Cardinals Sack Employee After HackFBI Still Investigating Houston Astros Database Breach
The St. Louis Cardinals baseball franchise has fired one of its front-office staff following alleged hack attacks against the rival Houston Astros professional baseball team, and a related data breach (see FBI Investigates Baseball Hack Attack).
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The Cardinals confirmed July 2 that they had fired Chris Correa, who was the team's scouting director - in charge of researching and recruiting new players - but declined to detail why.
Cardinals general manager John Mozeliak, who has denied having any knowledge of the alleged hack attack prior to being notified by the FBI, told the St. Louis Post Dispatch that Correa was fired on July 1. "I can confirm he was on administrative leave and subsequently was terminated," he said. "At this time it's still an ongoing investigation, and there's really nothing more that I can add at this point."
Astros attorney Jim Martin, tells Associated Press that no other employees have been fired to date, but that related investigations remain underway. "I can't give you an end-point," he said. "But our internal review is still ongoing."
The Houston office of the FBI, which is leading the related investigation, did not immediately respond to a related request for comment. But the existence of the investigation was first confirmed in June by The New York Times, which reported that the FBI's investigation centered on one or more breaches of the "Ground Control" database built by the Astros, as well as related memos, which detail private discussions about scouting reports, player trades and confidential statistics. The FBI reportedly served related subpoenas on both the Cardinals and the Major League Baseball organization, and seized some Cardinals computers in February.
Astros Data Dumped
In June 2014, 10 months of Astros' internal-trade chatter were leaked to anonymous text-sharing website Anonbin. That leak apparently alerted Astros officials to a potential breach, and sparked the FBI's investigation.
Correa, however, has rejected allegations that he stole or leaked any Astros data. "Mr. Correa denies any illegal conduct," Correa's lawyer, Nicholas Williams, said in a statement. "The relevant inquiry should be what information did former St. Louis Cardinals employees steal from the St. Louis Cardinals organization prior to joining the Houston Astros, and who in the Houston Astros organization authorized, consented to, or benefited from that roguish behavior?"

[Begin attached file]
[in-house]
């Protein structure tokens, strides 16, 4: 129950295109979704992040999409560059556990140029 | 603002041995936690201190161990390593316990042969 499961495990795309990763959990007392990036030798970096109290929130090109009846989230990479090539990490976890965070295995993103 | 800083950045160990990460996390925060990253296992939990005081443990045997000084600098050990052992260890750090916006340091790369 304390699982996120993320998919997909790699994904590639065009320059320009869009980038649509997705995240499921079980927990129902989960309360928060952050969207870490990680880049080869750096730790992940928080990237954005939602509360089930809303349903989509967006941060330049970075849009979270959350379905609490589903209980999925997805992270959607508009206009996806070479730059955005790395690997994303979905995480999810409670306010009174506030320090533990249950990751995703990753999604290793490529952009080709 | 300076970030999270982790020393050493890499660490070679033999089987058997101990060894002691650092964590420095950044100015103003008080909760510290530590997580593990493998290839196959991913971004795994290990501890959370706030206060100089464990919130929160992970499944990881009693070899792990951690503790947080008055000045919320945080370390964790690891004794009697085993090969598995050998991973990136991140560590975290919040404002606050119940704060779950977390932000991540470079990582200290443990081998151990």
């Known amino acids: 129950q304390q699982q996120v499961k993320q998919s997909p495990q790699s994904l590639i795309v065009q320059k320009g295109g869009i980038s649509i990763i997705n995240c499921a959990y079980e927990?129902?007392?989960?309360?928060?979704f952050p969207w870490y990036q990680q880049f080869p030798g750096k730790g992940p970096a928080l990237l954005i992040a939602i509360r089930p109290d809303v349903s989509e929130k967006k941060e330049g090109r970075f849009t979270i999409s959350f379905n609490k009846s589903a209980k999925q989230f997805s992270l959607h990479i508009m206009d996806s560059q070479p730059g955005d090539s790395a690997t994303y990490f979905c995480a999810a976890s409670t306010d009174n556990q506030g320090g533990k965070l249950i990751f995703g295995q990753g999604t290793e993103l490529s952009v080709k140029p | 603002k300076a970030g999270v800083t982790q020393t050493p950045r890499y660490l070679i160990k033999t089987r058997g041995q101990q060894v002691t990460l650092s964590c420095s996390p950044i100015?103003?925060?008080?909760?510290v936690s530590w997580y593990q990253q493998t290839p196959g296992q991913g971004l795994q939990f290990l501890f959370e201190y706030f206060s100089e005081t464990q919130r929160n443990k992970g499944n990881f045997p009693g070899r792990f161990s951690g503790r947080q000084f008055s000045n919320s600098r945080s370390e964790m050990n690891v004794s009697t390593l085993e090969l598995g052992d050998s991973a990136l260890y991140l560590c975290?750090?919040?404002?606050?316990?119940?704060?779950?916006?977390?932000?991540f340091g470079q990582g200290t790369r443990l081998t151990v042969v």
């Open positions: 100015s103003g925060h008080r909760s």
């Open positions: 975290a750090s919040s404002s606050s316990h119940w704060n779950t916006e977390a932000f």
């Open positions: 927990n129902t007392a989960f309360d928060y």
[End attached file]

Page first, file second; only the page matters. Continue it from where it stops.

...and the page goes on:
According to a single, unnamed source cited by the St. Louis Post Dispatch, however, Correa admitted to Cardinals officials that he had accessed the Astros database, but only to ascertain if the team had stolen proprietary Cardinals information, and denied stealing or leaking any Astros data. The source suggested that based on the number of times that the Astros database was reportedly accessed, the leak was the result of one or more hackers who were not Correa.
The existence of the database - and its URL - was apparently public knowledge, after the Ground Control website address was reportedly visible in a photograph that accompanied a March 2014 feature story in the Houston Chronicle. In that story, Astros general manger Jeff Luhnow and the team's "director of decision sciences" - former NASA employee and analytics expert Sig Mejdal - said Ground Control was modeled on the Cardinals' similar "Red Bird Dog" system. Luhnow joined the Astros from the Cardinals in 2011.
In an interview last month with Sports Illustrated, Luhnow denied suggestions that he had taken intellectual property from the Cardinals, or that the hack attack was facilitated by his failing to change his Cardinal-era passwords when he joined the Astros. "That's absolutely false," said Luhnow, who was a McKinsey consultant and later the founder and president of data analytics firm Archetype Solutions, and who has said that Ground Control was built "from scratch."
"I absolutely know about password hygiene and best practices," he said. "I'm certainly aware of how important passwords are, as well as of the importance of keeping them updated. A lot of my job in baseball, as it was in high tech, is to make sure that intellectual property is protected. I take that seriously and hold myself and those who work for me to a very high standard."
Astros attorney Giles Kibbe has also denied that any employee of the Houston team - or former Cardinals employee now working there - had taken any proprietary information from the Cardinals. "We stand by all of our previous comments," he told the St. Louis Post Dispatch. "We're looking forward to the conclusion of the FBI's investigation. I stand by all that Jeff has said on this matter."